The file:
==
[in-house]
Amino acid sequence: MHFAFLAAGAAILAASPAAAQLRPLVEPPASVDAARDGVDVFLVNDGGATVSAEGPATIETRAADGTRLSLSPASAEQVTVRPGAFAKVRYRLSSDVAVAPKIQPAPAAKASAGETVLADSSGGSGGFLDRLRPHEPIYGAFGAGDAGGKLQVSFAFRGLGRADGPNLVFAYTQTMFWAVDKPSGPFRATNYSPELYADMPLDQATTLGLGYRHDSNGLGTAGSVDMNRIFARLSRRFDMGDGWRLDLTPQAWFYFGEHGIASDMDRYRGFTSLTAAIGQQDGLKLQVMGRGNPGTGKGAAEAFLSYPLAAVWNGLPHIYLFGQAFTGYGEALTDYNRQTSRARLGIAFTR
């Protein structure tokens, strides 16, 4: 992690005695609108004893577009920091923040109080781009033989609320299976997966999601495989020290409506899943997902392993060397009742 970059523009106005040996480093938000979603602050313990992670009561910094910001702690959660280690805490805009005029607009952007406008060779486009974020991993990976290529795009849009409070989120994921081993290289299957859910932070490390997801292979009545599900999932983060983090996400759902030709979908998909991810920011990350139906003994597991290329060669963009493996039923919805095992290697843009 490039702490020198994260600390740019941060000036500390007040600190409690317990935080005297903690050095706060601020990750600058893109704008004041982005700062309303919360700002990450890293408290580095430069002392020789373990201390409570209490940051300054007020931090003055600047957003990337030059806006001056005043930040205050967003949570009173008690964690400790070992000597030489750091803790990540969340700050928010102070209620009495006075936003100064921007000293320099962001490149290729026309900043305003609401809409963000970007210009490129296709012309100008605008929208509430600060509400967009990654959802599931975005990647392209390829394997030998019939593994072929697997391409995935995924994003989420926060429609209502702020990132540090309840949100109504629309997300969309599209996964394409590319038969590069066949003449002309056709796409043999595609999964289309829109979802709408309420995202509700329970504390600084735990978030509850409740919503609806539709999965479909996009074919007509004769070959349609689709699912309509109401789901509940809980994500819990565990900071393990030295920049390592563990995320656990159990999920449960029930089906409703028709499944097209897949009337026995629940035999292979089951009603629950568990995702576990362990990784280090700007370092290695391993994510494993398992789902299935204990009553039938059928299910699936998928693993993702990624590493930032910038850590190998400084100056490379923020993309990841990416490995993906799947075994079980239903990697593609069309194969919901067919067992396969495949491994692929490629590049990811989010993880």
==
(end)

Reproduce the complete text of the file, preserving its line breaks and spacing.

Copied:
[in-house]
Amino acid sequence: MHFAFLAAGAAILAASPAAAQLRPLVEPPASVDAARDGVDVFLVNDGGATVSAEGPATIETRAADGTRLSLSPASAEQVTVRPGAFAKVRYRLSSDVAVAPKIQPAPAAKASAGETVLADSSGGSGGFLDRLRPHEPIYGAFGAGDAGGKLQVSFAFRGLGRADGPNLVFAYTQTMFWAVDKPSGPFRATNYSPELYADMPLDQATTLGLGYRHDSNGLGTAGSVDMNRIFARLSRRFDMGDGWRLDLTPQAWFYFGEHGIASDMDRYRGFTSLTAAIGQQDGLKLQVMGRGNPGTGKGAAEAFLSYPLAAVWNGLPHIYLFGQAFTGYGEALTDYNRQTSRARLGIAFTR
């Protein structure tokens, strides 16, 4: 992690005695609108004893577009920091923040109080781009033989609320299976997966999601495989020290409506899943997902392993060397009742 970059523009106005040996480093938000979603602050313990992670009561910094910001702690959660280690805490805009005029607009952007406008060779486009974020991993990976290529795009849009409070989120994921081993290289299957859910932070490390997801292979009545599900999932983060983090996400759902030709979908998909991810920011990350139906003994597991290329060669963009493996039923919805095992290697843009 490039702490020198994260600390740019941060000036500390007040600190409690317990935080005297903690050095706060601020990750600058893109704008004041982005700062309303919360700002990450890293408290580095430069002392020789373990201390409570209490940051300054007020931090003055600047957003990337030059806006001056005043930040205050967003949570009173008690964690400790070992000597030489750091803790990540969340700050928010102070209620009495006075936003100064921007000293320099962001490149290729026309900043305003609401809409963000970007210009490129296709012309100008605008929208509430600060509400967009990654959802599931975005990647392209390829394997030998019939593994072929697997391409995935995924994003989420926060429609209502702020990132540090309840949100109504629309997300969309599209996964394409590319038969590069066949003449002309056709796409043999595609999964289309829109979802709408309420995202509700329970504390600084735990978030509850409740919503609806539709999965479909996009074919007509004769070959349609689709699912309509109401789901509940809980994500819990565990900071393990030295920049390592563990995320656990159990999920449960029930089906409703028709499944097209897949009337026995629940035999292979089951009603629950568990995702576990362990990784280090700007370092290695391993994510494993398992789902299935204990009553039938059928299910699936998928693993993702990624590493930032910038850590190998400084100056490379923020993309990841990416490995993906799947075994079980239903990697593609069309194969919901067919067992396969495949491994692929490629590049990811989010993880």